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Old 11-29-2021, 09:23 AM   #10
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Has anyone here ever had an inquiry for the IRS about their HSA withdrawls?

I keep yearly spreadsheets for all our medical/dental/vision etc expenses to support our HSA withdrawls. I also keep the medical bill and proof of payment method.

We've had HSAs since 2014 and were able to make contributions in only four of those years. A couple of years our insurance was not HSA compatible. I've done lump sum withdrawls only 3 times. Never had the debit card.

Now that we are both on Medicare the HSAs are a nice investment growing tax free. We don't need to withdraw for anything right now. In the future if Medicare Part B gets too expensive I may start using it to reimburse for that.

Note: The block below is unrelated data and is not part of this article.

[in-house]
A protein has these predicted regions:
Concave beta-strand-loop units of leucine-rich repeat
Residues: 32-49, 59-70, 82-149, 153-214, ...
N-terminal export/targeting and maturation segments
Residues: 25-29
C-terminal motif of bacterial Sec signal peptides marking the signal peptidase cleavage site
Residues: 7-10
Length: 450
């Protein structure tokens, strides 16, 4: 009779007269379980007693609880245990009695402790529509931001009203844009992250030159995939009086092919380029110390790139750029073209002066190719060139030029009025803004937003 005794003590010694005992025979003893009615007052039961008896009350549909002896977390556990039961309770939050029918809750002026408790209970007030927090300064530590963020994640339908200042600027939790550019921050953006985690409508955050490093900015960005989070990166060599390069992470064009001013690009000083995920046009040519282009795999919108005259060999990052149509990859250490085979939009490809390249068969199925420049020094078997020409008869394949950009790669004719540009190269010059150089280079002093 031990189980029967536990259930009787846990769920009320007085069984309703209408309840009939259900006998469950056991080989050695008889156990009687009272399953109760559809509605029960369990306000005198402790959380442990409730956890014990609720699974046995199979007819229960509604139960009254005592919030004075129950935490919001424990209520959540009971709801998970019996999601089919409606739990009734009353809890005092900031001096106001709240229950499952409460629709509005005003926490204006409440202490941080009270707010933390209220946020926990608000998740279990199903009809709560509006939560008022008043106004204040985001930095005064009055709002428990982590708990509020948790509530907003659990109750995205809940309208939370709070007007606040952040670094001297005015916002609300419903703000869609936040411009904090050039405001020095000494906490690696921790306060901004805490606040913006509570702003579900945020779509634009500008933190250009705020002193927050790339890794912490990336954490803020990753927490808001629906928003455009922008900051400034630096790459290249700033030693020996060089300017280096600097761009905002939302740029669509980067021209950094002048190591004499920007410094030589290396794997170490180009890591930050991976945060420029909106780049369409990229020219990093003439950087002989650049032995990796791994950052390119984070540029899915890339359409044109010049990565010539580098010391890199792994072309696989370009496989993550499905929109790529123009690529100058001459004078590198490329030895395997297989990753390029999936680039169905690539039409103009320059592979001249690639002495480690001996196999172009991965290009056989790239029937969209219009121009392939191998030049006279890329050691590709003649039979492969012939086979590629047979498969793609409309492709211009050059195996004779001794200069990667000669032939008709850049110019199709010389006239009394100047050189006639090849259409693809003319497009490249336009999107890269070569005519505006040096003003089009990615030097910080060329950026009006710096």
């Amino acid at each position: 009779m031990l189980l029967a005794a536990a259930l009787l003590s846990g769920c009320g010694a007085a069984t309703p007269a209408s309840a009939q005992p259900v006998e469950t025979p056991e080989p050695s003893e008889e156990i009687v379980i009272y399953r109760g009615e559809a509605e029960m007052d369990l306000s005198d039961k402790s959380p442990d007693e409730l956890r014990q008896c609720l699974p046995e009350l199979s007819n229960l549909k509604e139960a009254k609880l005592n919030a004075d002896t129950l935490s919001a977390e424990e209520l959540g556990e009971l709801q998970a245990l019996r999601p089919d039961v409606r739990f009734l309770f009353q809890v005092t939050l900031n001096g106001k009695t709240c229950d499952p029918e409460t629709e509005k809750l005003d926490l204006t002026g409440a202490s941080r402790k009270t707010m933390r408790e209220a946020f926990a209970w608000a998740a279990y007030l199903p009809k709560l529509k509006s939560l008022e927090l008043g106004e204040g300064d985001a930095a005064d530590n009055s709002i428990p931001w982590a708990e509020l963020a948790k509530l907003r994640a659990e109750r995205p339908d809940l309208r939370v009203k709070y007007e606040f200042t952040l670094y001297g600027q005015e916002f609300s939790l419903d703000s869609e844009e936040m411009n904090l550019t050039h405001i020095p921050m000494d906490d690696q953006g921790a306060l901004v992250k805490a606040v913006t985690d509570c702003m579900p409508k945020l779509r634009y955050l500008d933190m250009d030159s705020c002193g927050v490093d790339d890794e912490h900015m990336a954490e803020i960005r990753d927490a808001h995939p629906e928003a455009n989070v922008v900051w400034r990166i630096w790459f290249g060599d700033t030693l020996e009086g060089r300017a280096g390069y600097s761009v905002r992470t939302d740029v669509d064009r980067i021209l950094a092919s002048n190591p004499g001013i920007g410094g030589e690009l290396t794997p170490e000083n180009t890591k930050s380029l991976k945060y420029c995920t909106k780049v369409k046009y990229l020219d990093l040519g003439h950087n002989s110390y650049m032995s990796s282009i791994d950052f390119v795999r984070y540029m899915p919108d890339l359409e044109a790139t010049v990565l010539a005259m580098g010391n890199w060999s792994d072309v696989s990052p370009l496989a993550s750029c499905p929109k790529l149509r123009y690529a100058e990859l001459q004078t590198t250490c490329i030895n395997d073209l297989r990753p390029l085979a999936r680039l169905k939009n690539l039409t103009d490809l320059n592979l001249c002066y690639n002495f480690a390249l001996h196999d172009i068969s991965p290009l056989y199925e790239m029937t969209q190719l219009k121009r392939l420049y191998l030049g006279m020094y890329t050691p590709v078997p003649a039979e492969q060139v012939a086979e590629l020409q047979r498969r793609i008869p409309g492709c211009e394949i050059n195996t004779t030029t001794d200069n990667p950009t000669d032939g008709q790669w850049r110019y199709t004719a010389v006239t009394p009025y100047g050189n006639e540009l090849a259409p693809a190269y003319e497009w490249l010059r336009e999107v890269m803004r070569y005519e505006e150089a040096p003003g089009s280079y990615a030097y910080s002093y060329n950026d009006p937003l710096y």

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Old 11-29-2021, 09:39 AM   #11
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Has anyone here ever had an inquiry for the IRS about their HSA withdrawls?

I keep yearly spreadsheets for all our medical/dental/vision etc expenses to support our HSA withdrawls. I also keep the medical bill and proof of payment method.

We've had HSAs since 2014 and were able to make contributions in only four of those years. A couple of years our insurance was not HSA compatible. I've done lump sum withdrawls only 3 times. Never had the debit card.

Now that we are both on Medicare the HSAs are a nice investment growing tax free. We don't need to withdraw for anything right now. In the future if Medicare Part B gets too expensive I may start using it to reimburse for that.